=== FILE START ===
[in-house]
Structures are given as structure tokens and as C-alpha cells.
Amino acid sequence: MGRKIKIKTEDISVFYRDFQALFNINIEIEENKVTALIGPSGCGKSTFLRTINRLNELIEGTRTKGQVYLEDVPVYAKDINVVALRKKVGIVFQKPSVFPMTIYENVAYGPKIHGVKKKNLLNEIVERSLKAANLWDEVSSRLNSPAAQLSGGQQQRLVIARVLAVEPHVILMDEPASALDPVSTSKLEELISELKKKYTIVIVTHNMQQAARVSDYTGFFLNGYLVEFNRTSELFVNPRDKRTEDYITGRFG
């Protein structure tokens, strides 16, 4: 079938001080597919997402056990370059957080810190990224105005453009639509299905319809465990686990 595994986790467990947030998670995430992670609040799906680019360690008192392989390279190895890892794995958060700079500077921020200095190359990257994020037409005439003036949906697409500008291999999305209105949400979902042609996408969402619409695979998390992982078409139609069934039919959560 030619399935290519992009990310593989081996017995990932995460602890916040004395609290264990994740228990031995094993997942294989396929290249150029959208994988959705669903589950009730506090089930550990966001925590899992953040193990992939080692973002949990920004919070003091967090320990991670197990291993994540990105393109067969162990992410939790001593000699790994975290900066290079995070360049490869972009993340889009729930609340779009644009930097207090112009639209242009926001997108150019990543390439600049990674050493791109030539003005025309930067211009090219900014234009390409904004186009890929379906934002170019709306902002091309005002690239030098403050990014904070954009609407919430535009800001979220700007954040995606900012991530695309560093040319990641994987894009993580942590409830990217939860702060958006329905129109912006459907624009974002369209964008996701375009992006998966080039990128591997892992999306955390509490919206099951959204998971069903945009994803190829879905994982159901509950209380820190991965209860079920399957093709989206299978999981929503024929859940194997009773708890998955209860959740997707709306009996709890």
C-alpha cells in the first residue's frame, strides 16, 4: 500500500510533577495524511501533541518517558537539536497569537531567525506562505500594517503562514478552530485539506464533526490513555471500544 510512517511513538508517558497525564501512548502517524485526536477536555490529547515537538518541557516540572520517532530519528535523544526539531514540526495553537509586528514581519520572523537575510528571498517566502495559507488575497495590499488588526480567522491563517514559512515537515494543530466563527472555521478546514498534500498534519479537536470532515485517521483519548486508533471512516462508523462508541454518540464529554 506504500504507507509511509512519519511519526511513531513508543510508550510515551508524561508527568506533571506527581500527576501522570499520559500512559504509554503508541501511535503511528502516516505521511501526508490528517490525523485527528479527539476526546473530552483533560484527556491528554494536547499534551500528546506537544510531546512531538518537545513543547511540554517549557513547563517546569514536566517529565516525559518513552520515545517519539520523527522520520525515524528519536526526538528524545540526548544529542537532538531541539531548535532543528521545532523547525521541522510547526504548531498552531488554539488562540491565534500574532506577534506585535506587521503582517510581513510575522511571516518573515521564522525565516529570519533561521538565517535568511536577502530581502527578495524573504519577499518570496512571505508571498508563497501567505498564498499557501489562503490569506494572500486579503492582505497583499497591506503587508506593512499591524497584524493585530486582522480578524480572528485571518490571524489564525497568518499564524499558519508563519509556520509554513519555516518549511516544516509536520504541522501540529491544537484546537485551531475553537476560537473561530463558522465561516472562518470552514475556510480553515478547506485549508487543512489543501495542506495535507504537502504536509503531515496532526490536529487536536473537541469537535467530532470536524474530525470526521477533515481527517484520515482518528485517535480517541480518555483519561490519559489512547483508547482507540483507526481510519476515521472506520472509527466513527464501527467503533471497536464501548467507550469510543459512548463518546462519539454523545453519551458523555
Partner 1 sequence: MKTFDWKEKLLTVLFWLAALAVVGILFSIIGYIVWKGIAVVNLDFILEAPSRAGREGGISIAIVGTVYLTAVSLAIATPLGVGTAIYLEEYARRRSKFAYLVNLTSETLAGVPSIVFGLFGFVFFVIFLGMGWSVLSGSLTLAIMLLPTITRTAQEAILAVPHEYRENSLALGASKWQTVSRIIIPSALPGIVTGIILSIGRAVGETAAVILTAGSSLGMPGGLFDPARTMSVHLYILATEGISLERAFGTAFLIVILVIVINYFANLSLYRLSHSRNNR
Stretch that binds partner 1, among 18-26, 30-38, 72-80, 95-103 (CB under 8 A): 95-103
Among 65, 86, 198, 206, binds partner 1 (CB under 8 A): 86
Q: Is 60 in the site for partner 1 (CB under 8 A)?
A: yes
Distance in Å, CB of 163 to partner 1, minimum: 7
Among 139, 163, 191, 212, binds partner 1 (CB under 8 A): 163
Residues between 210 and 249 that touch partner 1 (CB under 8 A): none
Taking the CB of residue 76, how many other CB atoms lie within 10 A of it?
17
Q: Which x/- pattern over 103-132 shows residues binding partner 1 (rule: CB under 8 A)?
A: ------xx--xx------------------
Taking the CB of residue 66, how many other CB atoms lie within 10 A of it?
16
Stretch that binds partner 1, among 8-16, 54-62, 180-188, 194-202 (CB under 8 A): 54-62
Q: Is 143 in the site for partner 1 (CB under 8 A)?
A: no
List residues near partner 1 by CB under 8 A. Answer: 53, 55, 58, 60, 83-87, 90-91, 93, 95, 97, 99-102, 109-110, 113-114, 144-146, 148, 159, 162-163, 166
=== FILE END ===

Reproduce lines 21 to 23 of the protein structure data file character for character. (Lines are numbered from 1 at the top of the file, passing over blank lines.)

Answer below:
Q: Is 143 in the site for partner 1 (CB under 8 A)?
A: no
List residues near partner 1 by CB under 8 A. Answer: 53, 55, 58, 60, 83-87, 90-91, 93, 95, 97, 99-102, 109-110, 113-114, 144-146, 148, 159, 162-163, 166